The Lash of St. Francis whipped the shores of Long Beach 80 years ago

El Cordonazo de San Francisco, or the Lash of St. Francis, is the name for the killer hurricane winds and tropical cyclones that fairly regularly terrorize the West Coast of Mexico and Central America in the late summer, around the Oct. 4 feast day of St. Francis. It’s an aptly ferocious term that accounts for a reasonable fear in the countries it ravages.

It certainly sounds sinister enough to those of us in Southern California where we prioritize our fears, giving greater weight in our triage of tragedy to fretting about earthquakes, wildfires, drought and heat. But 80 years ago on Sept. 25, the lash came down on Long Beach, Los Angeles and coastal cities from Point Magu to Huntington Beach, hitting land near San Pedro, in the first time that a tropical storm spawned by a hurricane made landfall in Southern California.

The El Cordonazo winds and rains came unexpectedly and suddenly, startling some Long Beachers who had hit the strand that Monday during a searing summer heat wave that brought record-breaking temperatures of 103 degrees just a few days earlier—and now a tropical storm was whipping up gusts of 45 mph. Lifeguards rushed to close the beaches, and as gales reached 65 mph, the Navy deployed four new destroyers attached to the Battle Fleet, and the Coast Guard added a pair of cutters to rescue boaters in the Catalina Channel.

In all, 48 people were killed in California, including 24 aboard the vessel Spray (two passengers survived) as it was attempting to dock near Point Magu and 15 aboard the Ventura fishing boat Lur.

The storm turned the sea into a raging force as huge waves pummeled the Alamitos Peninsula and Belmont Shore, yanking 10 homes off their foundations and washing them out to sea, while reducing scores of others to driftwood kindling.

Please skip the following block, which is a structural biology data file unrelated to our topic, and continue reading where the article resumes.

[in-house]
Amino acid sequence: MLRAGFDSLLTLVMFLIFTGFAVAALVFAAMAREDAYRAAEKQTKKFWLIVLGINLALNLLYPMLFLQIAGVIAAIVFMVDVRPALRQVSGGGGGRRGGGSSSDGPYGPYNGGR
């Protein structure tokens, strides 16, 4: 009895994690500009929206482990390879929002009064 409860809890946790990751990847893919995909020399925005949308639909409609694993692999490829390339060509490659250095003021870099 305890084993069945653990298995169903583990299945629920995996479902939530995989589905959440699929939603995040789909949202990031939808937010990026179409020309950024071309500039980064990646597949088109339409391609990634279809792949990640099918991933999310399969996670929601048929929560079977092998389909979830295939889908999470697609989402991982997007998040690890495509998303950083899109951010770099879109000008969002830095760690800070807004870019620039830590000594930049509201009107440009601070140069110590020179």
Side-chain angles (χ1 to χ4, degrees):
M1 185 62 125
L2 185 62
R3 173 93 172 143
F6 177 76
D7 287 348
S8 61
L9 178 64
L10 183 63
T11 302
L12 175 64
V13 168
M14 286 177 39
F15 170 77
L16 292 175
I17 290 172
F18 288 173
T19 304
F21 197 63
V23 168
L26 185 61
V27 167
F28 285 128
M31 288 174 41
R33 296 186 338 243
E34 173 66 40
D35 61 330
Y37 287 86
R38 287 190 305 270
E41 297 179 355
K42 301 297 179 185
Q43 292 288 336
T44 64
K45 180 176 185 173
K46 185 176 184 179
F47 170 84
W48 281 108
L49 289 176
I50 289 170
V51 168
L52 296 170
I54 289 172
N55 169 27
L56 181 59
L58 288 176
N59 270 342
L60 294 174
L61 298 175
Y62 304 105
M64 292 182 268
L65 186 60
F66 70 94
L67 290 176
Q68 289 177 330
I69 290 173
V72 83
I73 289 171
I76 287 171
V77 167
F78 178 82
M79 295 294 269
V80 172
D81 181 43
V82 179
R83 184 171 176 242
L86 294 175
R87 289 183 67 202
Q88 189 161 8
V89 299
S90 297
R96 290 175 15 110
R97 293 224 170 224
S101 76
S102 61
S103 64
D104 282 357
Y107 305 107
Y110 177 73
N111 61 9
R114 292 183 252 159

A view of the storm wreckage looking west from 55th Place on the Alamitos Peninsula. Photo courtesy of Long Beach Public Library.

Homes flooded all along the coast, as nearly 5.5 inches of rain fell, making it the worst rainfall in the month of September in L.A., swamping the 1919 mark of 1.29 inches.

The wind shattered windows in Long Beach and the flood basin of Hamilton Bowl overflowed, turning Signal Hill into a virtual island, with streets two to three feet underwater.

Residents of coastal communities of Long Beach, especially those on the Peninsula, still point to the Lash of St. Francis as a good reason to preserve the breakwater, and many have added fears of hurricanes hitting Southern California to their list of apocalyptic fears.

With serial hurricanes destroying islands in the Caribbean and the Atlantic as well as the Atlantic seaboard states from Florida to New York City and all of the Gulf states, it’s not unreasonable for Southern Californians to wonder if in these days an increasingly wrathful planet will bring a full-fledged hurricane to these shores.

And, when you worry about future climatic calamity, you need to make a call to Bill Patzert, recently retired from NASA/JPL and one of the world’s foremost climatologists and oceanographers.

El Cordonazo, he says, is a regular occurrence in Venezuela, Panama and the west coast of Mexico, but “what we usually get are the remnants from these hurricanes, like the big tropical storm of 1939.”

The odds of a full-blown hurricane striking California, says Patzert, are infinitesimal—”so small that everyone should just relax.”

Hurricanes gather their power from warm water, and “the thing that is a hurricane killer is the cool waters off the California Current,” which moves southward along the coast from British Columbia down to the southern tip of Baja California.

“The magic number for hurricanes is 80 degrees,” said Patzert, “and the farther north you get from Cabo San Lucas, the cooler the water gets, between 60 and 70 degrees. The other thing that mitigates hurricanes is the steering winds in the Pacific that tend to knock the top off hurricanes.”